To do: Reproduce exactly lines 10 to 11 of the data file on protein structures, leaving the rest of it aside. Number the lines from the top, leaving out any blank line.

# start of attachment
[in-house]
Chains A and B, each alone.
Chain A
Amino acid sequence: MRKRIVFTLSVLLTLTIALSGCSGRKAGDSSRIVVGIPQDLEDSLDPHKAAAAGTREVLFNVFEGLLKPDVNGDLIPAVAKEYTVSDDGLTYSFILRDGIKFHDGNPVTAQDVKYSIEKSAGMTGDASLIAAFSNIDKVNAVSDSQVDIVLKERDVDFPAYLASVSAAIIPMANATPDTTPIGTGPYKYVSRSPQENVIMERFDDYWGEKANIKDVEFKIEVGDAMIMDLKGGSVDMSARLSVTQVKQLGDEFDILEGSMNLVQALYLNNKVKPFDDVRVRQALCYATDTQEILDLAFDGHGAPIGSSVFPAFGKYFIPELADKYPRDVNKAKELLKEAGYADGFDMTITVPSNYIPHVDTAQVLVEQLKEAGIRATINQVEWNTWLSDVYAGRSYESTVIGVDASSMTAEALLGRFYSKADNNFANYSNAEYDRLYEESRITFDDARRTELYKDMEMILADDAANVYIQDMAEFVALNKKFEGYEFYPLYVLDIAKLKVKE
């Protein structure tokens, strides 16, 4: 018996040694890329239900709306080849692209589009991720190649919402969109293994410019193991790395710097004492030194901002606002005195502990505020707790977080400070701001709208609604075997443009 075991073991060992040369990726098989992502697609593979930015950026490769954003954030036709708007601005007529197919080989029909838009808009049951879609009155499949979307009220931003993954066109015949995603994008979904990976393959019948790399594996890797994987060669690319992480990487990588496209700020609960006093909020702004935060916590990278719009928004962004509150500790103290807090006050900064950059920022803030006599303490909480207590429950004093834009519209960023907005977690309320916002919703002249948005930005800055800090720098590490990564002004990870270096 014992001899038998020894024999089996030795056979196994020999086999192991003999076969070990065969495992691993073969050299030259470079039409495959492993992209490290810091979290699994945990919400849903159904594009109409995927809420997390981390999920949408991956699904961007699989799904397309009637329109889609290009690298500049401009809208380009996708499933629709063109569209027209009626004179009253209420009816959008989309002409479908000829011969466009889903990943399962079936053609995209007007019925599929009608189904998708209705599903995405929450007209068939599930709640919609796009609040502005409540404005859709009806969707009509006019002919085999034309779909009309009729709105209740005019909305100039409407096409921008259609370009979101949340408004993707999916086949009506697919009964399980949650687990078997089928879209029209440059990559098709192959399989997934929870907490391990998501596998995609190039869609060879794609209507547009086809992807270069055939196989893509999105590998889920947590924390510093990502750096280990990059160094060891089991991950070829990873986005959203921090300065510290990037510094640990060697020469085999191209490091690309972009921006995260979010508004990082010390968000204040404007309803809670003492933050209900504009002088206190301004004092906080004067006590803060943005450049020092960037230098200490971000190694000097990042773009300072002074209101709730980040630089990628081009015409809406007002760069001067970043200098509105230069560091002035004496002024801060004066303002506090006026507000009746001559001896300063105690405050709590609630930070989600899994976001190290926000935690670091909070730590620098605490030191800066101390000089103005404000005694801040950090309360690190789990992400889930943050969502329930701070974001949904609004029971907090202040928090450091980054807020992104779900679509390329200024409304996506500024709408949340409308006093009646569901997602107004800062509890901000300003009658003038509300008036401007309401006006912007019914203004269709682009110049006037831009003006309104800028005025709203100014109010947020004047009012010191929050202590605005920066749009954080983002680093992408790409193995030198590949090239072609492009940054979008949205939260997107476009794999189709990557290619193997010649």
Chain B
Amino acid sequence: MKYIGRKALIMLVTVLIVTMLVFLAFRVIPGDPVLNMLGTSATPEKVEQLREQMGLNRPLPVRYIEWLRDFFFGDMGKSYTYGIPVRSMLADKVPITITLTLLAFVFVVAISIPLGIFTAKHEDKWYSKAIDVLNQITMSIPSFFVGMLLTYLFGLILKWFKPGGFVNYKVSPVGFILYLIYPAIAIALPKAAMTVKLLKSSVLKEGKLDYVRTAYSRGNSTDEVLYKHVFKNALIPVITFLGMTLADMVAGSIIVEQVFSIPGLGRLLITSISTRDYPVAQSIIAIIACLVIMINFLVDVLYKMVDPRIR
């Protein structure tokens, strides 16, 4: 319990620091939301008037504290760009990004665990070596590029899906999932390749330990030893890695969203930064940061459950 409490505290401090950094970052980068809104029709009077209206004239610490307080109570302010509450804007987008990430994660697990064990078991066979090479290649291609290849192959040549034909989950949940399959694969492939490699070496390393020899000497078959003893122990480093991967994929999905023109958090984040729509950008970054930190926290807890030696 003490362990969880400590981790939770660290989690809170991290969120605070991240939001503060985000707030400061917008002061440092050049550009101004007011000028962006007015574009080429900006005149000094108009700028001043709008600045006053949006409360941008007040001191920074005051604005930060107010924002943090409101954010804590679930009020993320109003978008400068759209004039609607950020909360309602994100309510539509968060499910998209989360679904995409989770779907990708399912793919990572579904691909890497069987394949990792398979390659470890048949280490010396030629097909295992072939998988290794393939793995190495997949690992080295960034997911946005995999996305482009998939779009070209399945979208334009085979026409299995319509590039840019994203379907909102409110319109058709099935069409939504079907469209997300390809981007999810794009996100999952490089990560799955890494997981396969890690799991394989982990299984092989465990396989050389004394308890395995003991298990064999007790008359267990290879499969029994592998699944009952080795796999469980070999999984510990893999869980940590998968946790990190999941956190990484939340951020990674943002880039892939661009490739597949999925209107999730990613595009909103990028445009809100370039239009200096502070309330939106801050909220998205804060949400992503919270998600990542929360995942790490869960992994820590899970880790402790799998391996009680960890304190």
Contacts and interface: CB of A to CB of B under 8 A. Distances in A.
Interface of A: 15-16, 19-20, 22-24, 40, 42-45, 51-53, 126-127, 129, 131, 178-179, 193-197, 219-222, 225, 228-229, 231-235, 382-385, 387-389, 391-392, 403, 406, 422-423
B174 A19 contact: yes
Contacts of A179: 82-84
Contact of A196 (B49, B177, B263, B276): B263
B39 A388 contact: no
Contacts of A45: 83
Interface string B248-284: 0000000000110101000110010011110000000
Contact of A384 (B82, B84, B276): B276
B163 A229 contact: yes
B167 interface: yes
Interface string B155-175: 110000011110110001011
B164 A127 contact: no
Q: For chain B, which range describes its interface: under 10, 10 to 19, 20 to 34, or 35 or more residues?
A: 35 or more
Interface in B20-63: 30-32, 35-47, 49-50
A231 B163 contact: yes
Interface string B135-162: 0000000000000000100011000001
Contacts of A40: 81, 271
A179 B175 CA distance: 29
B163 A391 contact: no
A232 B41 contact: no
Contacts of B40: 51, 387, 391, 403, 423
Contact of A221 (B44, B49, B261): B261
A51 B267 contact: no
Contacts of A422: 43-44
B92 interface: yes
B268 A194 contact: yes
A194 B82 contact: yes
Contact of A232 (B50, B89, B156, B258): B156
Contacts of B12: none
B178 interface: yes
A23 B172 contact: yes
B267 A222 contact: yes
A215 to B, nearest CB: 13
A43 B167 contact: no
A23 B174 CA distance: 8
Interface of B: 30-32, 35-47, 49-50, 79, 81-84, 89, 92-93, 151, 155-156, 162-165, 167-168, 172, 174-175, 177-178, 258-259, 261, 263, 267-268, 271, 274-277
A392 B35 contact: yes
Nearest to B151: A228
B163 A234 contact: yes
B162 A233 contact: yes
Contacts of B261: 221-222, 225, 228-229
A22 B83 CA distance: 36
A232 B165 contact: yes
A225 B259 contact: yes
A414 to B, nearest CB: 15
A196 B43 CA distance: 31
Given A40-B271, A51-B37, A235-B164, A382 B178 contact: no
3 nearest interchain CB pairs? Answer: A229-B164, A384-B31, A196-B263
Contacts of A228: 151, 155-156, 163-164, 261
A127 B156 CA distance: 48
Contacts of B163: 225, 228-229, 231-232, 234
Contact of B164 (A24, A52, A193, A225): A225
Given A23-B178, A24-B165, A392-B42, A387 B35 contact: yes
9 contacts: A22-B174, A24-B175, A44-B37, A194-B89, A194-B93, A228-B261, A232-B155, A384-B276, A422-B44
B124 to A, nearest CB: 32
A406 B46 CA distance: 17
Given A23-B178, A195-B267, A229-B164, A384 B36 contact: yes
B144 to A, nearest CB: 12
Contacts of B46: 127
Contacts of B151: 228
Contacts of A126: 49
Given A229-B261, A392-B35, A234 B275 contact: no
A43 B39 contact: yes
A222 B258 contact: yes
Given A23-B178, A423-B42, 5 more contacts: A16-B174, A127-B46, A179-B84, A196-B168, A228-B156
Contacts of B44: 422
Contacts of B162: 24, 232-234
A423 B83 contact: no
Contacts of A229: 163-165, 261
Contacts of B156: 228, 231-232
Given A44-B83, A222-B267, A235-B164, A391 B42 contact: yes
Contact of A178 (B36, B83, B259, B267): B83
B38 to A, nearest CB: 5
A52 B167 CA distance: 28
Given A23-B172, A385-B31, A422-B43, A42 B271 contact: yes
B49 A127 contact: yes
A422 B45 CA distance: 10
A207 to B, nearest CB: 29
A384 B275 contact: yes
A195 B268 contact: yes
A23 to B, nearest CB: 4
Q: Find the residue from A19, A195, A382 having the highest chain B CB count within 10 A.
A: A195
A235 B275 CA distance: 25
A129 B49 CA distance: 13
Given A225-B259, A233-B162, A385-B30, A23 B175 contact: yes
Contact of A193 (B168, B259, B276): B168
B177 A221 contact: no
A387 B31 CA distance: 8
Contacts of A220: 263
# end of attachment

Interface of A: 15-16, 19-20, 22-24, 40, 42-45, 51-53, 126-127, 129, 131, 178-179, 193-197, 219-222, 225, 228-229, 231-235, 382-385, 387-389, 391-392, 403, 406, 422-423
B174 A19 contact: yes